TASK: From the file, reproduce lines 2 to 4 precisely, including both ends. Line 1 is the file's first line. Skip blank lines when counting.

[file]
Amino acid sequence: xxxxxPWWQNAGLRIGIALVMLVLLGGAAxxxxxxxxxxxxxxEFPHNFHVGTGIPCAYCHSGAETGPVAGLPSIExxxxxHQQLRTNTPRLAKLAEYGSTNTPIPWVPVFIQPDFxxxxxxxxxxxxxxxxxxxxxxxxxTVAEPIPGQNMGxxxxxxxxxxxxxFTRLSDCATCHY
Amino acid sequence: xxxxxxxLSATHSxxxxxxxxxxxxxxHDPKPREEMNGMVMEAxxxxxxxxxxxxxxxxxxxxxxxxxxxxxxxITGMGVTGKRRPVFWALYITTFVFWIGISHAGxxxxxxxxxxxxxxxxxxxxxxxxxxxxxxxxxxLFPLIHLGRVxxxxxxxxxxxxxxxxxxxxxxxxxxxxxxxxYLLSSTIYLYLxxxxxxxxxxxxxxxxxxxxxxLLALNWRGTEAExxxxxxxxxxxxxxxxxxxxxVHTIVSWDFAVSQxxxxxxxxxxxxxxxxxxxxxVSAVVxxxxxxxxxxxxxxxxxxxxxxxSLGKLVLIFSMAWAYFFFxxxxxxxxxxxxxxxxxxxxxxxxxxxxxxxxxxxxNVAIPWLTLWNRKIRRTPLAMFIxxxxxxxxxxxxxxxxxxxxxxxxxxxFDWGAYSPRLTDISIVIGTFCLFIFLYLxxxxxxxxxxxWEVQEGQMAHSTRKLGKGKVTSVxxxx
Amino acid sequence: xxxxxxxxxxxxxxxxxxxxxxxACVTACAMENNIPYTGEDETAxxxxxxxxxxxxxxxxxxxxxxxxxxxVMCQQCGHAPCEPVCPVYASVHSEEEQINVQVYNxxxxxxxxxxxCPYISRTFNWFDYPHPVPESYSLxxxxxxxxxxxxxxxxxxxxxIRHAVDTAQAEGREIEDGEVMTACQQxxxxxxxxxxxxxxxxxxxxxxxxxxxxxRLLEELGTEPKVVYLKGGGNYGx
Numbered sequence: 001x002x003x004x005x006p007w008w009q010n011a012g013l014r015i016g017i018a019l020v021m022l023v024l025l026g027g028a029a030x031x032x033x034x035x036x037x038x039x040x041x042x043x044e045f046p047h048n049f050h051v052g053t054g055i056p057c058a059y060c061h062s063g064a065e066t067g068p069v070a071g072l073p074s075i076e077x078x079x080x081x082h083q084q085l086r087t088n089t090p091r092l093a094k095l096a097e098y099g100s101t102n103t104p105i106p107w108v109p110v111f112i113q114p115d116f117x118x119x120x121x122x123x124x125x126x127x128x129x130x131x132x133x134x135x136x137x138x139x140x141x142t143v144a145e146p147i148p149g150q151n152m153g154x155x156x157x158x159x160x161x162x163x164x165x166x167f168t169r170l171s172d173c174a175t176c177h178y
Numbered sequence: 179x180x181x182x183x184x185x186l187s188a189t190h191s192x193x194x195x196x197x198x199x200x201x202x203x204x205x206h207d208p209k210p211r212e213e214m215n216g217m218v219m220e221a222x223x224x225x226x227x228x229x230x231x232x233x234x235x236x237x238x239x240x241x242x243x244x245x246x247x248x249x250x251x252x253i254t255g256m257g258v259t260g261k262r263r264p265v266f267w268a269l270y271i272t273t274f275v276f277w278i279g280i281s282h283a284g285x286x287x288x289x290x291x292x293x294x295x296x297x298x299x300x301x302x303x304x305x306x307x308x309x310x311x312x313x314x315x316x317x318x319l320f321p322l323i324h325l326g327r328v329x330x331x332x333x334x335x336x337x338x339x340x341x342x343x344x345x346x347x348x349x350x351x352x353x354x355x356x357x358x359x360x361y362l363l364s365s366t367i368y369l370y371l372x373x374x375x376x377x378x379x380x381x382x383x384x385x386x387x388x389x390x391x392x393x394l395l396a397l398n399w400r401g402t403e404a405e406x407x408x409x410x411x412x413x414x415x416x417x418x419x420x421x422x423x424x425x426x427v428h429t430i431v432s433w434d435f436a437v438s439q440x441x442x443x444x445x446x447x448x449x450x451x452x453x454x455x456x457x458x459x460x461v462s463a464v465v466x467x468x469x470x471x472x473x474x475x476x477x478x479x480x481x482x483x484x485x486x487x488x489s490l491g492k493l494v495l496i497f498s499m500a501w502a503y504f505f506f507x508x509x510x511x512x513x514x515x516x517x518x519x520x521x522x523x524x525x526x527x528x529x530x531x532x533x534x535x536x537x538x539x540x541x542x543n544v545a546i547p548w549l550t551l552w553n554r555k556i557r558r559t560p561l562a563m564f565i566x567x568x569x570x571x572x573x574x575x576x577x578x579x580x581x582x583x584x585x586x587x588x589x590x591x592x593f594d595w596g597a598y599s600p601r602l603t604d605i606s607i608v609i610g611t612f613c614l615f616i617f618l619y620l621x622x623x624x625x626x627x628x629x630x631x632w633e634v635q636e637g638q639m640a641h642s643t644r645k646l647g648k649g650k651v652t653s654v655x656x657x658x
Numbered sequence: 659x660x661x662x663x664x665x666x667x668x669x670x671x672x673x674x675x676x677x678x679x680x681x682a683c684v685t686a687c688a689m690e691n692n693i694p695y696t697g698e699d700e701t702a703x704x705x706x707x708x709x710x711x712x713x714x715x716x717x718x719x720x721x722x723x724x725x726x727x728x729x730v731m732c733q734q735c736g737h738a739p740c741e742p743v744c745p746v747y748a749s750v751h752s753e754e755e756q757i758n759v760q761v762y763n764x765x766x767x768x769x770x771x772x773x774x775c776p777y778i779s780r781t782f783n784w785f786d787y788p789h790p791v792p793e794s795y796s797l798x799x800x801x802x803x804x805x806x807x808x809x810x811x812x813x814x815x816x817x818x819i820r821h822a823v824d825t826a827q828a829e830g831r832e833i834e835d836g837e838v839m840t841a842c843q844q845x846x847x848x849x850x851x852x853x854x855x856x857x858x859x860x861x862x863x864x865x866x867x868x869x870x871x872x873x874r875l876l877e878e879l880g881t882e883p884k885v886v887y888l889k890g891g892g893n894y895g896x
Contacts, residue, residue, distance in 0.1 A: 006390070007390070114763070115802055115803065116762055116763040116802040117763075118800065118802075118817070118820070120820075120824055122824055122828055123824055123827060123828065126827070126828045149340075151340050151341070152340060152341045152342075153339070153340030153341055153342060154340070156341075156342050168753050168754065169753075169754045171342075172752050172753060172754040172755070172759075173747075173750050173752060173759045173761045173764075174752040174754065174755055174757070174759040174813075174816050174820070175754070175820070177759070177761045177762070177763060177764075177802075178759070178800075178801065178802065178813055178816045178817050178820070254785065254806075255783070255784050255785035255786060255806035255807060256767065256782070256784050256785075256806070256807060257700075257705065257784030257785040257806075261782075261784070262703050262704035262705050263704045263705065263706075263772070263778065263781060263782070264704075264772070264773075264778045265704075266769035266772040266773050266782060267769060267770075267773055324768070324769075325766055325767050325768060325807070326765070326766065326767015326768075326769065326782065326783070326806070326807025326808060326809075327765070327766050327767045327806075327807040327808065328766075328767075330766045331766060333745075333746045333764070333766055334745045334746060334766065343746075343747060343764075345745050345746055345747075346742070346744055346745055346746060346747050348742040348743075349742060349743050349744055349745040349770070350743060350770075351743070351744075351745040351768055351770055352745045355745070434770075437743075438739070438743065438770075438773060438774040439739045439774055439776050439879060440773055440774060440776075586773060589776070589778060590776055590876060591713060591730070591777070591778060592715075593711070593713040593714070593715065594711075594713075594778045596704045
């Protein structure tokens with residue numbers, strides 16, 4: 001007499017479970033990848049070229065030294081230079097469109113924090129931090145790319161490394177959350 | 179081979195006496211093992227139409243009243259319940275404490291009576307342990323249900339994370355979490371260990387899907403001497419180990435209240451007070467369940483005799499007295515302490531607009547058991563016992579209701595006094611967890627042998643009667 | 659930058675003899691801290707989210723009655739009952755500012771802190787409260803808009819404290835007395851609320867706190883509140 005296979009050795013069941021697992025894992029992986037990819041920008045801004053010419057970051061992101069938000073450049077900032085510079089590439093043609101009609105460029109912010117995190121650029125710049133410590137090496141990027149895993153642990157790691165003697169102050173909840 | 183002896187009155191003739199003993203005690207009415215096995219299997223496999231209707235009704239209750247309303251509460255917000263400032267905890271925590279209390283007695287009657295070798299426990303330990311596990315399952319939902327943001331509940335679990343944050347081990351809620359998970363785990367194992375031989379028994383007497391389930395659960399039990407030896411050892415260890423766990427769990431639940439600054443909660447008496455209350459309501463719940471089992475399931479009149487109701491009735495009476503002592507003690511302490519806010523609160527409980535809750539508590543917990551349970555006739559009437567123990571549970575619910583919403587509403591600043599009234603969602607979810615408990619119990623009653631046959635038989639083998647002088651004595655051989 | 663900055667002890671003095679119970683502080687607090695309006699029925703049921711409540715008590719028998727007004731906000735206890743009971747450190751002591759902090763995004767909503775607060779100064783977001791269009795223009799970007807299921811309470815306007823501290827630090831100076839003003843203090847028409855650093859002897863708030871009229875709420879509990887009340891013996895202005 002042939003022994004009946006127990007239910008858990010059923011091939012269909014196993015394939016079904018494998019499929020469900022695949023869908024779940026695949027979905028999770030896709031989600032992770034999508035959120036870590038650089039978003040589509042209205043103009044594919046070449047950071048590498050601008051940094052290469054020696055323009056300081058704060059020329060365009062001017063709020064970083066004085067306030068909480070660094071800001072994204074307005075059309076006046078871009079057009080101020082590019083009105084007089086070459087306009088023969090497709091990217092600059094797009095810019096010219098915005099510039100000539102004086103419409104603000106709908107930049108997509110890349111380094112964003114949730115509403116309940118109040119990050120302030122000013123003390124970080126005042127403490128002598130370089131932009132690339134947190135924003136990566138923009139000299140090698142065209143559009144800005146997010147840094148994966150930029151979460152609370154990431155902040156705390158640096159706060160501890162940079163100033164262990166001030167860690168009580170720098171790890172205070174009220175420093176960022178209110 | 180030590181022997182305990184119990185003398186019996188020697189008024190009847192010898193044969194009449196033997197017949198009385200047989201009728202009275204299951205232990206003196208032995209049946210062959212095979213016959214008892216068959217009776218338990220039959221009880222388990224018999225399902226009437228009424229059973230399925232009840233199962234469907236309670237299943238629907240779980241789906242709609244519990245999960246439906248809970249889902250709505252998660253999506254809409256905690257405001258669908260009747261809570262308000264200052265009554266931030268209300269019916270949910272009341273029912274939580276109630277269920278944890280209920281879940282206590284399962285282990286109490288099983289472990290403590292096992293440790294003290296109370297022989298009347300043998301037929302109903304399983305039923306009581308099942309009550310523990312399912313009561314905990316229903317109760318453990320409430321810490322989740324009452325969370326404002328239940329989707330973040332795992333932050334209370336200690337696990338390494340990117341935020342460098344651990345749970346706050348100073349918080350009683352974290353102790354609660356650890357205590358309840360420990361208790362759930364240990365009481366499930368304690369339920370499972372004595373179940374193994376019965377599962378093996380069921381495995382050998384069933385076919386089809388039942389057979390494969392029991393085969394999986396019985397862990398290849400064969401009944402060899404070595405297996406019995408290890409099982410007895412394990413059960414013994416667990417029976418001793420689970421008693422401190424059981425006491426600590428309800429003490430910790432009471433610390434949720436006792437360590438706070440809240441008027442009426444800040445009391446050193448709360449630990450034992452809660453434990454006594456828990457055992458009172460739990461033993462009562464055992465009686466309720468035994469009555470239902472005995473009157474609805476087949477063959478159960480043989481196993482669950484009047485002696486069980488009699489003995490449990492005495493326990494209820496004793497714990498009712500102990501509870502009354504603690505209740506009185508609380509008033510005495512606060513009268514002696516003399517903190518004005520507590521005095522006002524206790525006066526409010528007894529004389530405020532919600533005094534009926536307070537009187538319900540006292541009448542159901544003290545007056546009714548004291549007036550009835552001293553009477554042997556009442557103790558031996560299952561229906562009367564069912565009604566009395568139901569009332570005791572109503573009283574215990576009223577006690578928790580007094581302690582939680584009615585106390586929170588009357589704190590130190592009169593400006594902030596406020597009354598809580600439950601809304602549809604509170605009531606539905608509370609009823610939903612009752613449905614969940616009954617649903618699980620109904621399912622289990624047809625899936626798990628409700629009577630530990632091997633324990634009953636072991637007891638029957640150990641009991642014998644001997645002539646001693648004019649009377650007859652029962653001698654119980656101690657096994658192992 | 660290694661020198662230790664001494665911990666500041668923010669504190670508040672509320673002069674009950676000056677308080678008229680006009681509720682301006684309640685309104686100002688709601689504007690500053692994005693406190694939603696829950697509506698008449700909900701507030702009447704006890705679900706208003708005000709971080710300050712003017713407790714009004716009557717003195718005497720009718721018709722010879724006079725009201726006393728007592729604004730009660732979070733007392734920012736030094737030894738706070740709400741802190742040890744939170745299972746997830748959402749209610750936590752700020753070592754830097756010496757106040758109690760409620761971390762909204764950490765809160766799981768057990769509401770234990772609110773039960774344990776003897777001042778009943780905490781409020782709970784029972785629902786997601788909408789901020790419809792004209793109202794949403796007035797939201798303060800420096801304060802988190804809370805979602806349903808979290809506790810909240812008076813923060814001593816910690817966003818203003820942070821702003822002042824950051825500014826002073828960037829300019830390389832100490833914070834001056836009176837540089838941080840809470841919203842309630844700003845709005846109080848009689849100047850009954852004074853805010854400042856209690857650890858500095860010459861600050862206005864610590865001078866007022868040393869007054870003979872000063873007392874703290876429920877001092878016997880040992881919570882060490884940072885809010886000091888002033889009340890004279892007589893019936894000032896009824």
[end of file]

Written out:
Amino acid sequence: xxxxxxxLSATHSxxxxxxxxxxxxxxHDPKPREEMNGMVMEAxxxxxxxxxxxxxxxxxxxxxxxxxxxxxxxITGMGVTGKRRPVFWALYITTFVFWIGISHAGxxxxxxxxxxxxxxxxxxxxxxxxxxxxxxxxxxLFPLIHLGRVxxxxxxxxxxxxxxxxxxxxxxxxxxxxxxxxYLLSSTIYLYLxxxxxxxxxxxxxxxxxxxxxxLLALNWRGTEAExxxxxxxxxxxxxxxxxxxxxVHTIVSWDFAVSQxxxxxxxxxxxxxxxxxxxxxVSAVVxxxxxxxxxxxxxxxxxxxxxxxSLGKLVLIFSMAWAYFFFxxxxxxxxxxxxxxxxxxxxxxxxxxxxxxxxxxxxNVAIPWLTLWNRKIRRTPLAMFIxxxxxxxxxxxxxxxxxxxxxxxxxxxFDWGAYSPRLTDISIVIGTFCLFIFLYLxxxxxxxxxxxWEVQEGQMAHSTRKLGKGKVTSVxxxx
Amino acid sequence: xxxxxxxxxxxxxxxxxxxxxxxACVTACAMENNIPYTGEDETAxxxxxxxxxxxxxxxxxxxxxxxxxxxVMCQQCGHAPCEPVCPVYASVHSEEEQINVQVYNxxxxxxxxxxxCPYISRTFNWFDYPHPVPESYSLxxxxxxxxxxxxxxxxxxxxxIRHAVDTAQAEGREIEDGEVMTACQQxxxxxxxxxxxxxxxxxxxxxxxxxxxxxRLLEELGTEPKVVYLKGGGNYGx
Numbered sequence: 001x002x003x004x005x006p007w008w009q010n011a012g013l014r015i016g017i018a019l020v021m022l023v024l025l026g027g028a029a030x031x032x033x034x035x036x037x038x039x040x041x042x043x044e045f046p047h048n049f050h051v052g053t054g055i056p057c058a059y060c061h062s063g064a065e066t067g068p069v070a071g072l073p074s075i076e077x078x079x080x081x082h083q084q085l086r087t088n089t090p091r092l093a094k095l096a097e098y099g100s101t102n103t104p105i106p107w108v109p110v111f112i113q114p115d116f117x118x119x120x121x122x123x124x125x126x127x128x129x130x131x132x133x134x135x136x137x138x139x140x141x142t143v144a145e146p147i148p149g150q151n152m153g154x155x156x157x158x159x160x161x162x163x164x165x166x167f168t169r170l171s172d173c174a175t176c177h178y